Blake Robison’s adaptation is very true to the language of the novel – which is, by far, the most important thing to me. He has, very skillfully, I think, found the pieces of dialogue, and even paraphrase, in the novel that ring true as spoken language on the stage. What I think of as the “cringe factor” whenever I see an adaptation of my work usually involves clunking sentences I know I wouldn’t have written (and of course, the thought follows – vanity being what it is: “But how will anyone else know I didn’t write that howler?”)
You have said you tend to have several writing projects going at the same time. To some of us, that sounds like a writer’s version of The Three Faces of Eve, having multiple groups of characters and settings floating through your mind at the same time. How do you keep them straight?
It’s more like Annie Get Your Gun . . . more like straddling two galloping ponies. It’s a terrible way to work and I discourage anyone from trying it. But it seems it is my way of working. I’ve never had a problem with keeping things straight because they are always, to my mind at least, very different novels. Which is why, I suppose, I’ve fallen into this bad habit: one project serves as a delightful change of pace from the other.
Has there ever been an imaginary event or scene that could have appeared in every story that you were concurrently writing? If so, please describe it for us.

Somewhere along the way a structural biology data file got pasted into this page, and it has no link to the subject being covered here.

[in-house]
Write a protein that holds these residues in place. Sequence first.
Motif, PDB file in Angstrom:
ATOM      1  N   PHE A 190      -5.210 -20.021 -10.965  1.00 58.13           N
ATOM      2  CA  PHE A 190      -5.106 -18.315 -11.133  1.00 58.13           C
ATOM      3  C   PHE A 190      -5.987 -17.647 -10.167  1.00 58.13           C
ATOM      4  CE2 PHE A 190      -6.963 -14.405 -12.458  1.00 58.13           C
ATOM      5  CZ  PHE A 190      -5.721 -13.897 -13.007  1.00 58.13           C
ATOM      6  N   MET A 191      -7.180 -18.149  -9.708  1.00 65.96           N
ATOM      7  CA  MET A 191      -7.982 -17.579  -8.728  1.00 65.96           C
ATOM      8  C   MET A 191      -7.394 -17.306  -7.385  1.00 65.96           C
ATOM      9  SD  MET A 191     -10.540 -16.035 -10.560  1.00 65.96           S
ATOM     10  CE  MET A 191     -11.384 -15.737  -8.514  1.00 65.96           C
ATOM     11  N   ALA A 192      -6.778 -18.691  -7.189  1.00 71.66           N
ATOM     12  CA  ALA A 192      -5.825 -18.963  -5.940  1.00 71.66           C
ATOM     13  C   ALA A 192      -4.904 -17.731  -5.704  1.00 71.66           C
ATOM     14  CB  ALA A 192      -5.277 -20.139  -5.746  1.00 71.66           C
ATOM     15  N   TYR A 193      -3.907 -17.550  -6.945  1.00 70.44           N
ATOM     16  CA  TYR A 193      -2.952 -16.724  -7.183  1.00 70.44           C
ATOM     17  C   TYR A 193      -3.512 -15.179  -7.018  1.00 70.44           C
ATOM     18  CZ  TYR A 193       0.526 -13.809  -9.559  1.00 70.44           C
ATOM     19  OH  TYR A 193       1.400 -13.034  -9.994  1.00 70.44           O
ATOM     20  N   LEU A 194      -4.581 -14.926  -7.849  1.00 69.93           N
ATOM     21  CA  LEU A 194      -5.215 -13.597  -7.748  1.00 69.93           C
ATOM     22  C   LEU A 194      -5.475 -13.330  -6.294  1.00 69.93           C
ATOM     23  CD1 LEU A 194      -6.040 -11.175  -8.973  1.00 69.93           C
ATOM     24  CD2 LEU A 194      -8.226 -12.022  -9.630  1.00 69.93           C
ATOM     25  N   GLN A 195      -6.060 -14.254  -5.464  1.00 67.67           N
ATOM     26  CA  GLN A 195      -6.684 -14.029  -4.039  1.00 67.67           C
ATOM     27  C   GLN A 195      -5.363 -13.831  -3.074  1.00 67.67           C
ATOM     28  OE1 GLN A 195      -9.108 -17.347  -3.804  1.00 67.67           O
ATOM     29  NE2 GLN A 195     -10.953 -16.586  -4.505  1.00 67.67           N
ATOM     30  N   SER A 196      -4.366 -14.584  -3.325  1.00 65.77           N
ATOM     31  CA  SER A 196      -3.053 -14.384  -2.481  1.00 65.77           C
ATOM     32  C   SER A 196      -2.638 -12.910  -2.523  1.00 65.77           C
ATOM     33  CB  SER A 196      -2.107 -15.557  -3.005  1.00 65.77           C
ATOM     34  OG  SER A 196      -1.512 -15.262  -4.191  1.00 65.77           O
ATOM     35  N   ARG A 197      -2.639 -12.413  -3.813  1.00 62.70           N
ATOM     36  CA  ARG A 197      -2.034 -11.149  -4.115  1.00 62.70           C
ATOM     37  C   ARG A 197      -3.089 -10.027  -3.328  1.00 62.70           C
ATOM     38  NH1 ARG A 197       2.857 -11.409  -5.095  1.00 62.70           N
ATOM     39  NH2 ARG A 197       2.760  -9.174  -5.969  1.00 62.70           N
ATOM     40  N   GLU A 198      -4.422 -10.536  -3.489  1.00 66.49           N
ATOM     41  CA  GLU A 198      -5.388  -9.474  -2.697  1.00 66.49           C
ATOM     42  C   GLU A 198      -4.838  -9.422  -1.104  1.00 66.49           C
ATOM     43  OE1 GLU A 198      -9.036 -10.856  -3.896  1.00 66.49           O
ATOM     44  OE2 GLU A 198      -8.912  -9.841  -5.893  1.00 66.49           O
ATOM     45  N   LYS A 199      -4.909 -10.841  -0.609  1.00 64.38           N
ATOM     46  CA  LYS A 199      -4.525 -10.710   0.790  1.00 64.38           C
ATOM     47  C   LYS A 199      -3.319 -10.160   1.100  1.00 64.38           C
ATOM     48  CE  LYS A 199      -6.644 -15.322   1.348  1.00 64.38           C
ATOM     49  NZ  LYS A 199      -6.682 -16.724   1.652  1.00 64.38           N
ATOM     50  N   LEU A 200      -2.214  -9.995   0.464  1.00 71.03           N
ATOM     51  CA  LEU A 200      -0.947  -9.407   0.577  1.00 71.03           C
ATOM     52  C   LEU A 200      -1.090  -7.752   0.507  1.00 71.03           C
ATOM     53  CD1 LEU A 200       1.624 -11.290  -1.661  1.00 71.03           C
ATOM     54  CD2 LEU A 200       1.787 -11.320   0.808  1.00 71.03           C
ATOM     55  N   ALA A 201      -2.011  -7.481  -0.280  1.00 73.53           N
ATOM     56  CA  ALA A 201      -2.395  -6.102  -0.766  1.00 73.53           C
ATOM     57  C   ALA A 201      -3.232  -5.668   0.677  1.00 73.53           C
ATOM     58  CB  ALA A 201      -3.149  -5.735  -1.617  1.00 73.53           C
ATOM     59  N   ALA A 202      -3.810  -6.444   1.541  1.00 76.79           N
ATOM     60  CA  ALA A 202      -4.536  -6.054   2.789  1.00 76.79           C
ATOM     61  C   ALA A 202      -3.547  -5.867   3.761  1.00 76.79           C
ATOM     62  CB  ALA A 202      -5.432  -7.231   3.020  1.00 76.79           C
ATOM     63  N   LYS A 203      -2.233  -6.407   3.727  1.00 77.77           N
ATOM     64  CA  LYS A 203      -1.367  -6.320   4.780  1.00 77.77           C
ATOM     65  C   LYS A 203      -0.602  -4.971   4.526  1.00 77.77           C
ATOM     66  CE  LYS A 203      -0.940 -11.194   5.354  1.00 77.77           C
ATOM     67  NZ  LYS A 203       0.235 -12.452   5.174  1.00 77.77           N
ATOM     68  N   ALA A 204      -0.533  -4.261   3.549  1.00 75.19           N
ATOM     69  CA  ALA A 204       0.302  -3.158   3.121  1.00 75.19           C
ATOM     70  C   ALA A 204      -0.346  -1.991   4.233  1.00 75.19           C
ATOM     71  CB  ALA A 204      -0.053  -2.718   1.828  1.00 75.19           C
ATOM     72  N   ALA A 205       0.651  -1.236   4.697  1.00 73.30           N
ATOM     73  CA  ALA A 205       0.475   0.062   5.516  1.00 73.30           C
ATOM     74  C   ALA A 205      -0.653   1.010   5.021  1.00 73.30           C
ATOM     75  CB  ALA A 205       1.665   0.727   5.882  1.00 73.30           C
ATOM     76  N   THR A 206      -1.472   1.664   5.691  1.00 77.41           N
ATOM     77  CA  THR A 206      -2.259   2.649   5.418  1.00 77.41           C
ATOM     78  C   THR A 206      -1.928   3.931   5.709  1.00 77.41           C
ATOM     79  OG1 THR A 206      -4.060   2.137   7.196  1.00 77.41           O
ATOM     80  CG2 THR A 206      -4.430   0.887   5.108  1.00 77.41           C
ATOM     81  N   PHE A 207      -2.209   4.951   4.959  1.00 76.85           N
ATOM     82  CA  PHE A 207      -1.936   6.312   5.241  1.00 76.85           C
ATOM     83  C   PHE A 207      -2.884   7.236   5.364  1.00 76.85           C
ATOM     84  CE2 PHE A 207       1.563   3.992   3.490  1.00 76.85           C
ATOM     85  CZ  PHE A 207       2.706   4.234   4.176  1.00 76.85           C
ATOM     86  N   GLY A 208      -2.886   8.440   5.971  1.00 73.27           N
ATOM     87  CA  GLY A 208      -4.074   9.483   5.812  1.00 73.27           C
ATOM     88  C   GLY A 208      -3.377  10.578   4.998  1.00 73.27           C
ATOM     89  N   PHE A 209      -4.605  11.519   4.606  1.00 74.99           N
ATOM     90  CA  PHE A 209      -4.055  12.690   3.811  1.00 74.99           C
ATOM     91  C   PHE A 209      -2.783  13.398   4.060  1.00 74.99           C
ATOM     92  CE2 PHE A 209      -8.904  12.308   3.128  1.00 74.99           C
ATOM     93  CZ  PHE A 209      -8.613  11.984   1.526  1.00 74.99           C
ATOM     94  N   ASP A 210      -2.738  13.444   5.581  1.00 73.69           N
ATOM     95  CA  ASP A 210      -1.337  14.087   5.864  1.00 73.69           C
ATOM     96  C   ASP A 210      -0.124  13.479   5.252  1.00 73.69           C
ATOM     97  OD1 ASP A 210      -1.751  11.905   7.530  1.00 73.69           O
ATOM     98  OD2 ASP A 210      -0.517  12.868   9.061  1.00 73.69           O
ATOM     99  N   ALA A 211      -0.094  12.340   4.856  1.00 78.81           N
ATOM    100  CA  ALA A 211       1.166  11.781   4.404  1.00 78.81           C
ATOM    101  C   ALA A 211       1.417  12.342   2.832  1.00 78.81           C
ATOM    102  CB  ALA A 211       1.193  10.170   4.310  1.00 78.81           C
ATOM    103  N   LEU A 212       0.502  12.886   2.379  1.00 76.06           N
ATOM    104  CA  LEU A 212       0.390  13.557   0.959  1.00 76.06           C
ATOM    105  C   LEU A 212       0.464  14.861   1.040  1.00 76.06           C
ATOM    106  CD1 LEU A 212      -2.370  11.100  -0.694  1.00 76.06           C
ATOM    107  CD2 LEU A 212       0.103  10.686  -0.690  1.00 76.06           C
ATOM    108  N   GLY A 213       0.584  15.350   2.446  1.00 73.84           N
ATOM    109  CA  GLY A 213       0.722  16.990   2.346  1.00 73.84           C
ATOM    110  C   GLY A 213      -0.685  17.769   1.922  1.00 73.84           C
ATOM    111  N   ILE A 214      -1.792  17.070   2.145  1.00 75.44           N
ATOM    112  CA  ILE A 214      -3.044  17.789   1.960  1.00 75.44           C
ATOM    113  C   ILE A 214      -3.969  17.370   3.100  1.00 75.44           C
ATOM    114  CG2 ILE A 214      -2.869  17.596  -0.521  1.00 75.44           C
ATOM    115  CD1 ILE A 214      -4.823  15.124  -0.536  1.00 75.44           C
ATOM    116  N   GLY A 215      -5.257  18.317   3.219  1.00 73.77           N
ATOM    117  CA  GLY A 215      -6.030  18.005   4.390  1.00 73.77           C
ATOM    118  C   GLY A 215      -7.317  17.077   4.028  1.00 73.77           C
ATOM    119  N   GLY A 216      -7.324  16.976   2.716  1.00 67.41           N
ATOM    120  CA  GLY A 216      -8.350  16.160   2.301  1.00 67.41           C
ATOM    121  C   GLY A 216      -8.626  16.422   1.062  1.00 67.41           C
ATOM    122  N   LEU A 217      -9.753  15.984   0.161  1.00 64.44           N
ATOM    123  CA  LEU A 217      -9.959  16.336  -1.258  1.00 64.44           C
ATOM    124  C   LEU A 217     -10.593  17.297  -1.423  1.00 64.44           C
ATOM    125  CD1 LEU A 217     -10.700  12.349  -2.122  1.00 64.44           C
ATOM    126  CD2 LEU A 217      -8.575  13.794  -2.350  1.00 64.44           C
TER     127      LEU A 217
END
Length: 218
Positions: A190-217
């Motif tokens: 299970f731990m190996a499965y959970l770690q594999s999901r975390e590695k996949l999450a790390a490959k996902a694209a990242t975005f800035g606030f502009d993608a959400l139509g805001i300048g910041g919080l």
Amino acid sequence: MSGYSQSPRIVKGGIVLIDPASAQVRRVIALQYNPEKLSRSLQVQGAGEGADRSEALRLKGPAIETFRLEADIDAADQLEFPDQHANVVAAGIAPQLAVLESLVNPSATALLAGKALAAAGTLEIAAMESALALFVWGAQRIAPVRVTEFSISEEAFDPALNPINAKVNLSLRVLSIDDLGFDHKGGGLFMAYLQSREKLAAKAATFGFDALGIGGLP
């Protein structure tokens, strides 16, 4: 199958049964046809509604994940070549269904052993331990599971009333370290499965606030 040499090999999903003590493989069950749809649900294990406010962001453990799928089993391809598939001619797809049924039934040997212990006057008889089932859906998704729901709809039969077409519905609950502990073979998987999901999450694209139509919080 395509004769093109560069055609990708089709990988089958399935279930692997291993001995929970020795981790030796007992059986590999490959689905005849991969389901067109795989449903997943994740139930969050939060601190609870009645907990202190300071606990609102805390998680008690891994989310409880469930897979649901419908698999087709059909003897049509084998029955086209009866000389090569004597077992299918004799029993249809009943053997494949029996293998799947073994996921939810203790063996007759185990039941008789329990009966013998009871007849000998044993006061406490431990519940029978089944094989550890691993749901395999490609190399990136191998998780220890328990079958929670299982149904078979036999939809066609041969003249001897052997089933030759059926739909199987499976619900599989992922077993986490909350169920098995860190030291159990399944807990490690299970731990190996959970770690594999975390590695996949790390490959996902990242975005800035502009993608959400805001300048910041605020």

I’m afraid not – although I like the premise.
I read your interview in the Huffington Post where you describe the moment when Dr. Briand gave you the bad news – “you are a writer and you’ll never shake it.” Have you had this occasion with one of your own students?
I have. But of course, the young writers showing up in my classroom of late are of that generation that has always been told they are whatever they want to be . . . you know, with helicopter parents who send them to famous novelist summer camp the moment they put crayon to paper . . . so the impact of the news is not quite what it was for me, or even for earlier, less sure of themselves, generations of my students. For me, being told I was a writer was a life altering transformation: a gloriously impossible and utterly unspoken ambition suddenly made . . . well, possible, if not yet probable.
How does your real family show up in your fiction?
In the language I use, the shape of my sentences – since I first learned that language, as most of us do, from my family. And since I write so much about family, I suppose my experience of my own will always influence my fictional worlds, but always, I think, as only a starting point: characters in fiction can never be the same as characters in “real life” because fictional characters serve the higher purpose of the novel as a whole. Most of us in real life aren’t so sure of what purpose we serve.
When is the last time one of your characters surprised you and why?
If my characters don’t continually surprise me, I’m preaching a story, not composing it. Writing fiction, just like reading fiction, should be a continual act of discovery: if as I write I’m not discovering something I wouldn’t have known had I not taken the trouble to labor over one sentence after the other, then why bother to labor over one sentence after the other? I could have just tweeted my brilliant pre-made insights and been done with it.